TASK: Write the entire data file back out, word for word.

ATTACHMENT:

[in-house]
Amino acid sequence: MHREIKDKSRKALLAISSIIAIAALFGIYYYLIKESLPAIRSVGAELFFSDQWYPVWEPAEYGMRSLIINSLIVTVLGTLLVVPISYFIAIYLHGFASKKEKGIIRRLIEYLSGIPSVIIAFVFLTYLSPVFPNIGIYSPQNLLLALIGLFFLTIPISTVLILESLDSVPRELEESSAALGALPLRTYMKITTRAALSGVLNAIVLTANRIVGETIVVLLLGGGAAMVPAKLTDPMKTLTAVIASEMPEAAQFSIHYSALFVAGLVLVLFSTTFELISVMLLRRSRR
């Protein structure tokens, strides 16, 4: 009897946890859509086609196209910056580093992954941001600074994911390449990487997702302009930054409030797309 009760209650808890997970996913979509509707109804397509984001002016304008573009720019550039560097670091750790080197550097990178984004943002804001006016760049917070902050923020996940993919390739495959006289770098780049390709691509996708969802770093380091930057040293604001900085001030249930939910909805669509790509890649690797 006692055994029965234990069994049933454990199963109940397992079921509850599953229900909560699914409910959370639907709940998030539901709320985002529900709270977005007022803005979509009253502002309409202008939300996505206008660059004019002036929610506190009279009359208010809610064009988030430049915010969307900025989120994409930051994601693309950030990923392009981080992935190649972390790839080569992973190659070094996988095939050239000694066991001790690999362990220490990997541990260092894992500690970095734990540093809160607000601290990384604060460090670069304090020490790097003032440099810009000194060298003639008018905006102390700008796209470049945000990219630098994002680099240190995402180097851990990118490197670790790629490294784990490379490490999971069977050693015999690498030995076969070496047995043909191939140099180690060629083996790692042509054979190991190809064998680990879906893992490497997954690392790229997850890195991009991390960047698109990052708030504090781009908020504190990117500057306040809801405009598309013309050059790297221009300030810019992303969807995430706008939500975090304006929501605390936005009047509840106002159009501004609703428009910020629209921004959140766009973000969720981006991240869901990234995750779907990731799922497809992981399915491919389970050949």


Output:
[in-house]
Amino acid sequence: MHREIKDKSRKALLAISSIIAIAALFGIYYYLIKESLPAIRSVGAELFFSDQWYPVWEPAEYGMRSLIINSLIVTVLGTLLVVPISYFIAIYLHGFASKKEKGIIRRLIEYLSGIPSVIIAFVFLTYLSPVFPNIGIYSPQNLLLALIGLFFLTIPISTVLILESLDSVPRELEESSAALGALPLRTYMKITTRAALSGVLNAIVLTANRIVGETIVVLLLGGGAAMVPAKLTDPMKTLTAVIASEMPEAAQFSIHYSALFVAGLVLVLFSTTFELISVMLLRRSRR
């Protein structure tokens, strides 16, 4: 009897946890859509086609196209910056580093992954941001600074994911390449990487997702302009930054409030797309 009760209650808890997970996913979509509707109804397509984001002016304008573009720019550039560097670091750790080197550097990178984004943002804001006016760049917070902050923020996940993919390739495959006289770098780049390709691509996708969802770093380091930057040293604001900085001030249930939910909805669509790509890649690797 006692055994029965234990069994049933454990199963109940397992079921509850599953229900909560699914409910959370639907709940998030539901709320985002529900709270977005007022803005979509009253502002309409202008939300996505206008660059004019002036929610506190009279009359208010809610064009988030430049915010969307900025989120994409930051994601693309950030990923392009981080992935190649972390790839080569992973190659070094996988095939050239000694066991001790690999362990220490990997541990260092894992500690970095734990540093809160607000601290990384604060460090670069304090020490790097003032440099810009000194060298003639008018905006102390700008796209470049945000990219630098994002680099240190995402180097851990990118490197670790790629490294784990490379490490999971069977050693015999690498030995076969070496047995043909191939140099180690060629083996790692042509054979190991190809064998680990879906893992490497997954690392790229997850890195991009991390960047698109990052708030504090781009908020504190990117500057306040809801405009598309013309050059790297221009300030810019992303969807995430706008939500975090304006929501605390936005009047509840106002159009501004609703428009910020629209921004959140766009973000969720981006991240869901990234995750779907990731799922497809992981399915491919389970050949």